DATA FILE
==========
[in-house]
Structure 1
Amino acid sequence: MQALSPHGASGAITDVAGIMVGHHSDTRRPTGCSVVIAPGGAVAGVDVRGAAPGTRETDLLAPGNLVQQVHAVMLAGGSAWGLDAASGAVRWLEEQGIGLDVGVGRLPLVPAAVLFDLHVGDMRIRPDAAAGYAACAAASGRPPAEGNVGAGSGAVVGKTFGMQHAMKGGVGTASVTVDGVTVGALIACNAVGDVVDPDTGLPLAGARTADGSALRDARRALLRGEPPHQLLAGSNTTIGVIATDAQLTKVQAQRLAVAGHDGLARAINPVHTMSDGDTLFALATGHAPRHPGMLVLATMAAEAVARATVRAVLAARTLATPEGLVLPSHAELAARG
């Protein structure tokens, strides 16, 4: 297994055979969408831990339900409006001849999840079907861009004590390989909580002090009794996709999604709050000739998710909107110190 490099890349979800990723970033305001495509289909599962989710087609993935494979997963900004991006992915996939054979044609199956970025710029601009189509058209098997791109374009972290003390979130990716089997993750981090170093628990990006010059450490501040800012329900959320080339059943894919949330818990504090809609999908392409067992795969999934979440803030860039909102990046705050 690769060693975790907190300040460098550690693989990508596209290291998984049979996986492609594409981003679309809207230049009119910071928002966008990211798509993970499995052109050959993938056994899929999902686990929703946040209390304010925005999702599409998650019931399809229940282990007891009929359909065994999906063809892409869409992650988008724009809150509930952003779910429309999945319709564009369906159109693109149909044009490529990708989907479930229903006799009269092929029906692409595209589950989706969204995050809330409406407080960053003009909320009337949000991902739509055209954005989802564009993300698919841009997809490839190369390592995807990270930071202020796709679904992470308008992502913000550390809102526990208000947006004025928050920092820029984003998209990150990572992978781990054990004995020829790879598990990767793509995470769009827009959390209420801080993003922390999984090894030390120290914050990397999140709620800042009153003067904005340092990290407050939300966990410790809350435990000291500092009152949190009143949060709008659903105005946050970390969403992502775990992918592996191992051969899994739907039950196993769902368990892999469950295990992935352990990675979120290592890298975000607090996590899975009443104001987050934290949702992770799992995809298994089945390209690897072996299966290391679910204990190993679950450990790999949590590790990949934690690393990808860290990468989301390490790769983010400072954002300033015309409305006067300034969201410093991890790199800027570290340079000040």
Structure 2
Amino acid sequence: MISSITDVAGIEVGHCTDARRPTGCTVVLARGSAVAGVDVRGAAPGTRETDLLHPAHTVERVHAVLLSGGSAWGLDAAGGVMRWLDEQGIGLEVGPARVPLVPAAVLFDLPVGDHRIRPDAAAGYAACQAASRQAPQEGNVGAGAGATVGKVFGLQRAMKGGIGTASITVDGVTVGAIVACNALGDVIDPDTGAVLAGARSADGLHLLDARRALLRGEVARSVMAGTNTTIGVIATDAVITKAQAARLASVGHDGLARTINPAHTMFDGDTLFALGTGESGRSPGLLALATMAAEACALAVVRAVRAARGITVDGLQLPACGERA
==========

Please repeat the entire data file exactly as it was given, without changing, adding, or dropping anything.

[in-house]
Structure 1
Amino acid sequence: MQALSPHGASGAITDVAGIMVGHHSDTRRPTGCSVVIAPGGAVAGVDVRGAAPGTRETDLLAPGNLVQQVHAVMLAGGSAWGLDAASGAVRWLEEQGIGLDVGVGRLPLVPAAVLFDLHVGDMRIRPDAAAGYAACAAASGRPPAEGNVGAGSGAVVGKTFGMQHAMKGGVGTASVTVDGVTVGALIACNAVGDVVDPDTGLPLAGARTADGSALRDARRALLRGEPPHQLLAGSNTTIGVIATDAQLTKVQAQRLAVAGHDGLARAINPVHTMSDGDTLFALATGHAPRHPGMLVLATMAAEAVARATVRAVLAARTLATPEGLVLPSHAELAARG
């Protein structure tokens, strides 16, 4: 297994055979969408831990339900409006001849999840079907861009004590390989909580002090009794996709999604709050000739998710909107110190 490099890349979800990723970033305001495509289909599962989710087609993935494979997963900004991006992915996939054979044609199956970025710029601009189509058209098997791109374009972290003390979130990716089997993750981090170093628990990006010059450490501040800012329900959320080339059943894919949330818990504090809609999908392409067992795969999934979440803030860039909102990046705050 690769060693975790907190300040460098550690693989990508596209290291998984049979996986492609594409981003679309809207230049009119910071928002966008990211798509993970499995052109050959993938056994899929999902686990929703946040209390304010925005999702599409998650019931399809229940282990007891009929359909065994999906063809892409869409992650988008724009809150509930952003779910429309999945319709564009369906159109693109149909044009490529990708989907479930229903006799009269092929029906692409595209589950989706969204995050809330409406407080960053003009909320009337949000991902739509055209954005989802564009993300698919841009997809490839190369390592995807990270930071202020796709679904992470308008992502913000550390809102526990208000947006004025928050920092820029984003998209990150990572992978781990054990004995020829790879598990990767793509995470769009827009959390209420801080993003922390999984090894030390120290914050990397999140709620800042009153003067904005340092990290407050939300966990410790809350435990000291500092009152949190009143949060709008659903105005946050970390969403992502775990992918592996191992051969899994739907039950196993769902368990892999469950295990992935352990990675979120290592890298975000607090996590899975009443104001987050934290949702992770799992995809298994089945390209690897072996299966290391679910204990190993679950450990790999949590590790990949934690690393990808860290990468989301390490790769983010400072954002300033015309409305006067300034969201410093991890790199800027570290340079000040």
Structure 2
Amino acid sequence: MISSITDVAGIEVGHCTDARRPTGCTVVLARGSAVAGVDVRGAAPGTRETDLLHPAHTVERVHAVLLSGGSAWGLDAAGGVMRWLDEQGIGLEVGPARVPLVPAAVLFDLPVGDHRIRPDAAAGYAACQAASRQAPQEGNVGAGAGATVGKVFGLQRAMKGGIGTASITVDGVTVGAIVACNALGDVIDPDTGAVLAGARSADGLHLLDARRALLRGEVARSVMAGTNTTIGVIATDAVITKAQAARLASVGHDGLARTINPAHTMFDGDTLFALGTGESGRSPGLLALATMAAEACALAVVRAVRAARGITVDGLQLPACGERA